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INVISIBLE WIRES TO BOOST SOLAR CELL EFFICIENCY

30-11-2015
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The efficiency of solar energy is seeming to be getting better and better, with the race for the most effective solar cell becoming more and more competitive.

It comes as no surprise that researcher in the US have unlocked how to engineer a solar cell that absorbs more sunlight than before by using tiny wires that are in top on the cells.

Normal solar cells work as panels with a grid of wires over the top. These wires conduct the electrical charge that is then absorbed by the cell.

The problem with the conventional solar cells is that they obstruct the cells ability to absorb sunlight by 5-10%

“Using nanotechnology, we have developed a novel way to make the upper metal contact nearly invisible to incoming light,” said Vijay Narasimhan, one of the researchers from Stanford University.

“Our new technique could significantly improve the efficiency and thereby lower the cost of solar cells.”

The solution to the conventional wires is 16-nanmetres thick films of gold that can be placed on flat sheets of silicon.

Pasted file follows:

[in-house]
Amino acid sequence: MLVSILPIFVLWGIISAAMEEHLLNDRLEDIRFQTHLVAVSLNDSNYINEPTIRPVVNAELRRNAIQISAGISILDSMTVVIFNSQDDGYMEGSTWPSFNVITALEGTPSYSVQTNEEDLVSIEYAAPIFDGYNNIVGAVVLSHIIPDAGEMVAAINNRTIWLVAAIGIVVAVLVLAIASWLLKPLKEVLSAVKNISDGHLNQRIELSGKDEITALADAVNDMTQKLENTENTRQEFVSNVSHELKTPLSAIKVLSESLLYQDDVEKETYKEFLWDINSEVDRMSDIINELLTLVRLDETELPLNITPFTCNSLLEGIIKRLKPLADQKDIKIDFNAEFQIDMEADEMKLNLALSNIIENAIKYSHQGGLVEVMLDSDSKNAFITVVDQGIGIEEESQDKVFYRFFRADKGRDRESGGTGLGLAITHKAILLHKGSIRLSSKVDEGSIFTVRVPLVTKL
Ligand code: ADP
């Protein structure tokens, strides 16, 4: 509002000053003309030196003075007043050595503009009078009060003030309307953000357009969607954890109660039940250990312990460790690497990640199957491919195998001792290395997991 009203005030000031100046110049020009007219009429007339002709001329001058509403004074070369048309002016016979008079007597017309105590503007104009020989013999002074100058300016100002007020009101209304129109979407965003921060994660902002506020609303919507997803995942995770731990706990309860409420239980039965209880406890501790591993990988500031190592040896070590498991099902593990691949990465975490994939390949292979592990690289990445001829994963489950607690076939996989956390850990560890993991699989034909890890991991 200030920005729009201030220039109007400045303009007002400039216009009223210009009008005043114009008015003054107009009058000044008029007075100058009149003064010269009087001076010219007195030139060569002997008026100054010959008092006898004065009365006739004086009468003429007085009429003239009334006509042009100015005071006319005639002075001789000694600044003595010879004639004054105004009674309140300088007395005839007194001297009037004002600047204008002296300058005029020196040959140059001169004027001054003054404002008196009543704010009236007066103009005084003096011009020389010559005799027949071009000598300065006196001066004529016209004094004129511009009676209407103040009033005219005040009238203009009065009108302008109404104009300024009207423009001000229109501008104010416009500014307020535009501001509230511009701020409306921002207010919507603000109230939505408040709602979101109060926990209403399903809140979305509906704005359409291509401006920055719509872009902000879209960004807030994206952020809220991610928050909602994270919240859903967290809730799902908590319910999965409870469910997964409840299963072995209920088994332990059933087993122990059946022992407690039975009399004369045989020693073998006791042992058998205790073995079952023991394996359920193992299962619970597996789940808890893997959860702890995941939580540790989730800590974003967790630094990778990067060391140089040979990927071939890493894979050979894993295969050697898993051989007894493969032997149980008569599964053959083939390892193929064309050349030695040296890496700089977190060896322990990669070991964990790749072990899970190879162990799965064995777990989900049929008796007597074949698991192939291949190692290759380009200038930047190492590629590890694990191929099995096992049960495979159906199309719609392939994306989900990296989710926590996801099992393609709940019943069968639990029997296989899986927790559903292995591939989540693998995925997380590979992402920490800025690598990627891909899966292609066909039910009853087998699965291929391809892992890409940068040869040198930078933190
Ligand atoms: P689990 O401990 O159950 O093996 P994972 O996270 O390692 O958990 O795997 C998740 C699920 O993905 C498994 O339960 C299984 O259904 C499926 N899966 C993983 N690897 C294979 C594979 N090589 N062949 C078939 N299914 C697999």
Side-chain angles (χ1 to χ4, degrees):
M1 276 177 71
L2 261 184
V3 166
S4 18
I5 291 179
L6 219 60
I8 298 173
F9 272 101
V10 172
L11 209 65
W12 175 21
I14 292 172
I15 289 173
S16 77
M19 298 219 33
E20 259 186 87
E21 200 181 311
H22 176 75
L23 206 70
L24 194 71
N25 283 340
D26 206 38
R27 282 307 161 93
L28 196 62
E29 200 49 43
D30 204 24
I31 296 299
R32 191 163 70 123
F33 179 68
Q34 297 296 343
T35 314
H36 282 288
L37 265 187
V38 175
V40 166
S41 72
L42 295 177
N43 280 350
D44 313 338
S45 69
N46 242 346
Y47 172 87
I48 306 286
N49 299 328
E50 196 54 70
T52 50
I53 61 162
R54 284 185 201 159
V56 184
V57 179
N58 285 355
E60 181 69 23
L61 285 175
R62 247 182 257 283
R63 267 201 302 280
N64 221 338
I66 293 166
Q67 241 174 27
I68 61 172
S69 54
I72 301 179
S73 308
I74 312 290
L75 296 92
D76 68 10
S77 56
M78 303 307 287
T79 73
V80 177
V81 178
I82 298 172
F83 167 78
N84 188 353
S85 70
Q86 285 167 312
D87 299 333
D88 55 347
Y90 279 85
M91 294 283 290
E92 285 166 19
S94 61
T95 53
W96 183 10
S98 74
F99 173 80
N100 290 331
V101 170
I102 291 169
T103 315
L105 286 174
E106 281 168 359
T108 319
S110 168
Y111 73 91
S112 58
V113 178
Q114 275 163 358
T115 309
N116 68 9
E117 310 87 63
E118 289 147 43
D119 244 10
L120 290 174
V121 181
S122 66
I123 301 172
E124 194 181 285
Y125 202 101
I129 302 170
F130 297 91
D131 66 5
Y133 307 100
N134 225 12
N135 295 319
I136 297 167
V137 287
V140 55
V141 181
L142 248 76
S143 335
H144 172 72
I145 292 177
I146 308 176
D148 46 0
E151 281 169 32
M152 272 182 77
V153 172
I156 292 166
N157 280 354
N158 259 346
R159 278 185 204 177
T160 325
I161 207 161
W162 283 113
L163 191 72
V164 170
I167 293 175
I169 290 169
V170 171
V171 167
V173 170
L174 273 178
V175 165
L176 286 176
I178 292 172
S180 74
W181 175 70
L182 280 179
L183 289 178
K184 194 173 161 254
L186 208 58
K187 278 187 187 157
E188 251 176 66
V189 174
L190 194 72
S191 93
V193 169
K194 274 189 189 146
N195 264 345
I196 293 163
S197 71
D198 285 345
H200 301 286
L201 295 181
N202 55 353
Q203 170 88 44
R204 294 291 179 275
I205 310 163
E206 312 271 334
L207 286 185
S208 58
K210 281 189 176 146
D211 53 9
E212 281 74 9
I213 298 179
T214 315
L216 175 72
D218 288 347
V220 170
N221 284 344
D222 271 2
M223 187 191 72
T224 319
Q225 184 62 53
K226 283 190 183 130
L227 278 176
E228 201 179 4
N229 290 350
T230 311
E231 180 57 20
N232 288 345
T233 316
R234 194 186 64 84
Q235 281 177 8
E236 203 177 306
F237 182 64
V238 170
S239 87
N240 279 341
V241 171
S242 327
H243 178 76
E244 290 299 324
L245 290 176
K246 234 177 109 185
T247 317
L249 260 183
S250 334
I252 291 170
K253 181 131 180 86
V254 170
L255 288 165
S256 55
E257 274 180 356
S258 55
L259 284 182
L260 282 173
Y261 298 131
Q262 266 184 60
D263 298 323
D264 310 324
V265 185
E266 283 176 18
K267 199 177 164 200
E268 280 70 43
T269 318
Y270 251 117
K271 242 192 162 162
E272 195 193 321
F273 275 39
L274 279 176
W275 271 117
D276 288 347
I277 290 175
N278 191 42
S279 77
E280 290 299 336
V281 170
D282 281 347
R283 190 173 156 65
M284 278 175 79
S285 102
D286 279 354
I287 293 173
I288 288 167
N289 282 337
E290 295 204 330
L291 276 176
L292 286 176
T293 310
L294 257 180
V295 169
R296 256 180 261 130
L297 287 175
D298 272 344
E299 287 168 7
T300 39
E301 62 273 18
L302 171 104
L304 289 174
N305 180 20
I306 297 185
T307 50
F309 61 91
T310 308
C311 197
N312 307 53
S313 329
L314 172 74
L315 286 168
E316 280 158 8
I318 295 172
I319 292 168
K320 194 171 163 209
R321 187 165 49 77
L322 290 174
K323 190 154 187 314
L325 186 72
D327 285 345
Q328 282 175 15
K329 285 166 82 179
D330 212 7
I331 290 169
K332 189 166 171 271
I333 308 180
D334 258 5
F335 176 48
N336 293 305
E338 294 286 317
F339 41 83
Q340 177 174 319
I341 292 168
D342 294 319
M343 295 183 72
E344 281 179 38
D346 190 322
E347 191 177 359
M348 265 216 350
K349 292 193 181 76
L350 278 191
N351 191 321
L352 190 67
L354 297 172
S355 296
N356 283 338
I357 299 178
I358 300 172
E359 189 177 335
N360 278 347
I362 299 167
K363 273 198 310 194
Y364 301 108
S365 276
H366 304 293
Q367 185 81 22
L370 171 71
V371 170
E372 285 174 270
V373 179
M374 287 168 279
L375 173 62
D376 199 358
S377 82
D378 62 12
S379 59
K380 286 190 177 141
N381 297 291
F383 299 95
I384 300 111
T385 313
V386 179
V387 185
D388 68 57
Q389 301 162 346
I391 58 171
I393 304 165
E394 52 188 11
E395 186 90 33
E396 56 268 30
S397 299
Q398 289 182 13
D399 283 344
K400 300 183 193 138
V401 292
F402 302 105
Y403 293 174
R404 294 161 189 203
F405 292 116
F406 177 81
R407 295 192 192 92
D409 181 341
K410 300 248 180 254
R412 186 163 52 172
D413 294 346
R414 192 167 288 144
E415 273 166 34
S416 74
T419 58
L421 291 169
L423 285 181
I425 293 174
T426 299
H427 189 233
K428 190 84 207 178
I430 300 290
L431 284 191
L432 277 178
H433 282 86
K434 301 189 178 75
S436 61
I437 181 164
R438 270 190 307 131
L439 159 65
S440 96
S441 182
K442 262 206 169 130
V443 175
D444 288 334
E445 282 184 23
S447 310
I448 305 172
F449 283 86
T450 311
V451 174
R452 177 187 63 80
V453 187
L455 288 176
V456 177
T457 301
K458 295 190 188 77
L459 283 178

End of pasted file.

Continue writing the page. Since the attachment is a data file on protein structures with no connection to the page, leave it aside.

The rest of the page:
“We immersed the silicon and the perforated gold film together in a solution of hydrofluoric acid and hydrogen peroxide,” said Thomas Hymel, a team member.

“The gold film immediately began sinking into the silicon substrate, and silicon nanopillars began popping up through the holes in the film.”

The nanopillars come as a huge advantage as they are able to grow and they reach through the reflective metal surface, with the energy able to funnel down to the silicon underneath.

“In our best design, nearly two-thirds of the surface can be covered with metal, yet the reflection loss is only 3 percent,” said Narasimhan.

“Having that much metal could increase conductivity and make the cell far more efficient at converting light to electricity.”

The reserachers are expecting that their nano-wires could boost efficiency from 20 to 22%, with hope that they can test out their design on a working cell.

“We call them ‘covert contacts,’ because the metal hides in the shadows of the silicon nanopillars,” said graduate student Ruby Lai.

“It doesn’t matter what type of metal you put in there. It will be nearly invisible to incoming light.”

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